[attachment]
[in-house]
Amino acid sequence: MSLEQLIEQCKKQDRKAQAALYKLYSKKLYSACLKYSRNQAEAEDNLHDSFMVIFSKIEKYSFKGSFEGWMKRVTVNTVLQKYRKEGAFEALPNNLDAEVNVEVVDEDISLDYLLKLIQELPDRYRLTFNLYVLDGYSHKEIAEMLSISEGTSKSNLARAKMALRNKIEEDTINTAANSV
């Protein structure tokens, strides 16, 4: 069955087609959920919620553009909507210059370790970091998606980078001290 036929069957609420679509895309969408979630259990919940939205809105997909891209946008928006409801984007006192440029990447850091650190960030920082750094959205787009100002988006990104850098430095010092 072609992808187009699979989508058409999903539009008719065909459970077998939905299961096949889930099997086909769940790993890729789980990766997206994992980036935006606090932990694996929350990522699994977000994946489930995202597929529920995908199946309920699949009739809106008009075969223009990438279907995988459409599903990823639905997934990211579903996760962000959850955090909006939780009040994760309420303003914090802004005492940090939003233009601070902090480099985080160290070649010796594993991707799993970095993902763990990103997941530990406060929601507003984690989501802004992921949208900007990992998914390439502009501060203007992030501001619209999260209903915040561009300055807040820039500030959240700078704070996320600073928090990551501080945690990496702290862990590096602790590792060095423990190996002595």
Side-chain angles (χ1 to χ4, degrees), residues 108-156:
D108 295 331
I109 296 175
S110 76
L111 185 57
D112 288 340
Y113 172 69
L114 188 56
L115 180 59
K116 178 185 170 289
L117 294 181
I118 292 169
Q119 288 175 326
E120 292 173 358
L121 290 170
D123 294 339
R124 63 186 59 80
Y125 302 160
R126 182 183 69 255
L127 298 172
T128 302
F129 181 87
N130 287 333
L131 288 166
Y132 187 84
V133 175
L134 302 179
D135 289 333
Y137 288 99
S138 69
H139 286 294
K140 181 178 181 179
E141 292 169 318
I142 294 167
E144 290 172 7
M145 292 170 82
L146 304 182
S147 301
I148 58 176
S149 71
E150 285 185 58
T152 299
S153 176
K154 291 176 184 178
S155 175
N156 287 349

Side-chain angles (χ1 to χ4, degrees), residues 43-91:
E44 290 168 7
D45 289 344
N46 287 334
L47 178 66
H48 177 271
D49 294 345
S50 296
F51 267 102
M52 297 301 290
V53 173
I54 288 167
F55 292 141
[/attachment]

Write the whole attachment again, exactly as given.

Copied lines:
[in-house]
Amino acid sequence: MSLEQLIEQCKKQDRKAQAALYKLYSKKLYSACLKYSRNQAEAEDNLHDSFMVIFSKIEKYSFKGSFEGWMKRVTVNTVLQKYRKEGAFEALPNNLDAEVNVEVVDEDISLDYLLKLIQELPDRYRLTFNLYVLDGYSHKEIAEMLSISEGTSKSNLARAKMALRNKIEEDTINTAANSV
């Protein structure tokens, strides 16, 4: 069955087609959920919620553009909507210059370790970091998606980078001290 036929069957609420679509895309969408979630259990919940939205809105997909891209946008928006409801984007006192440029990447850091650190960030920082750094959205787009100002988006990104850098430095010092 072609992808187009699979989508058409999903539009008719065909459970077998939905299961096949889930099997086909769940790993890729789980990766997206994992980036935006606090932990694996929350990522699994977000994946489930995202597929529920995908199946309920699949009739809106008009075969223009990438279907995988459409599903990823639905997934990211579903996760962000959850955090909006939780009040994760309420303003914090802004005492940090939003233009601070902090480099985080160290070649010796594993991707799993970095993902763990990103997941530990406060929601507003984690989501802004992921949208900007990992998914390439502009501060203007992030501001619209999260209903915040561009300055807040820039500030959240700078704070996320600073928090990551501080945690990496702290862990590096602790590792060095423990190996002595």
Side-chain angles (χ1 to χ4, degrees), residues 108-156:
D108 295 331
I109 296 175
S110 76
L111 185 57
D112 288 340
Y113 172 69
L114 188 56
L115 180 59
K116 178 185 170 289
L117 294 181
I118 292 169
Q119 288 175 326
E120 292 173 358
L121 290 170
D123 294 339
R124 63 186 59 80
Y125 302 160
R126 182 183 69 255
L127 298 172
T128 302
F129 181 87
N130 287 333
L131 288 166
Y132 187 84
V133 175
L134 302 179
D135 289 333
Y137 288 99
S138 69
H139 286 294
K140 181 178 181 179
E141 292 169 318
I142 294 167
E144 290 172 7
M145 292 170 82
L146 304 182
S147 301
I148 58 176
S149 71
E150 285 185 58
T152 299
S153 176
K154 291 176 184 178
S155 175
N156 287 349

Side-chain angles (χ1 to χ4, degrees), residues 43-91:
E44 290 168 7
D45 289 344
N46 287 334
L47 178 66
H48 177 271
D49 294 345
S50 296
F51 267 102
M52 297 301 290
V53 173
I54 288 167
F55 292 141